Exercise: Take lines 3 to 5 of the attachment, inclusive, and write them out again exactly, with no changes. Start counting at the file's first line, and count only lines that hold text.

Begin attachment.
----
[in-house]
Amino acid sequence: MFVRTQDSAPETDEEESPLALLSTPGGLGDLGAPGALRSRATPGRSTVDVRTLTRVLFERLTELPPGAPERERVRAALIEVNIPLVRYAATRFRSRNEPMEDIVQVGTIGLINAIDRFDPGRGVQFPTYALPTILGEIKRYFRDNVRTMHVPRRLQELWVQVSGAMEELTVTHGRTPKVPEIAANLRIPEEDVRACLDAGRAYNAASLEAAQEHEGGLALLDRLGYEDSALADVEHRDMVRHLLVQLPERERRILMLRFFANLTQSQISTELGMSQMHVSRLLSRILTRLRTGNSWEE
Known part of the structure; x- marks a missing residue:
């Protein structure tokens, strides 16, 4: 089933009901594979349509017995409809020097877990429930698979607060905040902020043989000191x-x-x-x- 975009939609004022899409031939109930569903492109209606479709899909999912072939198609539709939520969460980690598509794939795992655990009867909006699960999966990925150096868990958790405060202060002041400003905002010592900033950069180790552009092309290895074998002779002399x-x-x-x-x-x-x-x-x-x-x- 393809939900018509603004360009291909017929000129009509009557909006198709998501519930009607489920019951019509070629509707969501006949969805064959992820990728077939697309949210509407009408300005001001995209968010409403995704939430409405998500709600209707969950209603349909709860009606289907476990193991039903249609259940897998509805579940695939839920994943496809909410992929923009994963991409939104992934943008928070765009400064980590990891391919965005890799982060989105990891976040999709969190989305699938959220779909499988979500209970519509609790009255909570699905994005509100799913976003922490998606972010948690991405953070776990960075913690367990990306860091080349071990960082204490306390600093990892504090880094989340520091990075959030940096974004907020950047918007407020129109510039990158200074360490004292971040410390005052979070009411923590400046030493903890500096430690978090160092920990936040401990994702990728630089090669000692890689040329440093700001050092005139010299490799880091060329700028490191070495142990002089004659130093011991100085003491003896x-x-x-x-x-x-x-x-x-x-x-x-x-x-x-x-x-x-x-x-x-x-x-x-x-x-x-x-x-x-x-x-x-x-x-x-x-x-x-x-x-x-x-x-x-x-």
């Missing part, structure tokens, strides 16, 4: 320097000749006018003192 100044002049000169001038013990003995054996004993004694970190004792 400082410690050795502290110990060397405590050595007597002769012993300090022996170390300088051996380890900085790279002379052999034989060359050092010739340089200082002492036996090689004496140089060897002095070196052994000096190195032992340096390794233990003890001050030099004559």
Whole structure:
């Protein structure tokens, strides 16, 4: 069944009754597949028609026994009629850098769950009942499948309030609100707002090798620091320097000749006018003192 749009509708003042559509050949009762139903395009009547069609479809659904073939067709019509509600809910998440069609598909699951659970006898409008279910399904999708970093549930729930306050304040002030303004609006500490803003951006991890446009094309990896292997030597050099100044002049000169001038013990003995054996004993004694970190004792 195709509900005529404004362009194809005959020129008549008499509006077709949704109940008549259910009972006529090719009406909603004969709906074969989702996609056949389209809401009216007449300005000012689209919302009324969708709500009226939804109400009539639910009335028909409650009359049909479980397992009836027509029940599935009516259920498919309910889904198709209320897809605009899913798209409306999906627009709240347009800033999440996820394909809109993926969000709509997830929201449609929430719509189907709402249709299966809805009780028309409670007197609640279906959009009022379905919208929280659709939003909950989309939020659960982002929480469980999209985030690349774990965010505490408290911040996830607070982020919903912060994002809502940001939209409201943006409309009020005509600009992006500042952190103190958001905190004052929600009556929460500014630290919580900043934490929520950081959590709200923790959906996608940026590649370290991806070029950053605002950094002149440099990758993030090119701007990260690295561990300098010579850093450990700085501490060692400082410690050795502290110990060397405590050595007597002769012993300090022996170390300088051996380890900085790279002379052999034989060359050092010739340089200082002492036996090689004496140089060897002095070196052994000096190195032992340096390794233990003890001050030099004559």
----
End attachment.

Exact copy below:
Known part of the structure; x- marks a missing residue:
């Protein structure tokens, strides 16, 4: 089933009901594979349509017995409809020097877990429930698979607060905040902020043989000191x-x-x-x- 975009939609004022899409031939109930569903492109209606479709899909999912072939198609539709939520969460980690598509794939795992655990009867909006699960999966990925150096868990958790405060202060002041400003905002010592900033950069180790552009092309290895074998002779002399x-x-x-x-x-x-x-x-x-x-x- 393809939900018509603004360009291909017929000129009509009557909006198709998501519930009607489920019951019509070629509707969501006949969805064959992820990728077939697309949210509407009408300005001001995209968010409403995704939430409405998500709600209707969950209603349909709860009606289907476990193991039903249609259940897998509805579940695939839920994943496809909410992929923009994963991409939104992934943008928070765009400064980590990891391919965005890799982060989105990891976040999709969190989305699938959220779909499988979500209970519509609790009255909570699905994005509100799913976003922490998606972010948690991405953070776990960075913690367990990306860091080349071990960082204490306390600093990892504090880094989340520091990075959030940096974004907020950047918007407020129109510039990158200074360490004292971040410390005052979070009411923590400046030493903890500096430690978090160092920990936040401990994702990728630089090669000692890689040329440093700001050092005139010299490799880091060329700028490191070495142990002089004659130093011991100085003491003896x-x-x-x-x-x-x-x-x-x-x-x-x-x-x-x-x-x-x-x-x-x-x-x-x-x-x-x-x-x-x-x-x-x-x-x-x-x-x-x-x-x-x-x-x-x-």
């Missing part, structure tokens, strides 16, 4: 320097000749006018003192 100044002049000169001038013990003995054996004993004694970190004792 400082410690050795502290110990060397405590050595007597002769012993300090022996170390300088051996380890900085790279002379052999034989060359050092010739340089200082002492036996090689004496140089060897002095070196052994000096190195032992340096390794233990003890001050030099004559």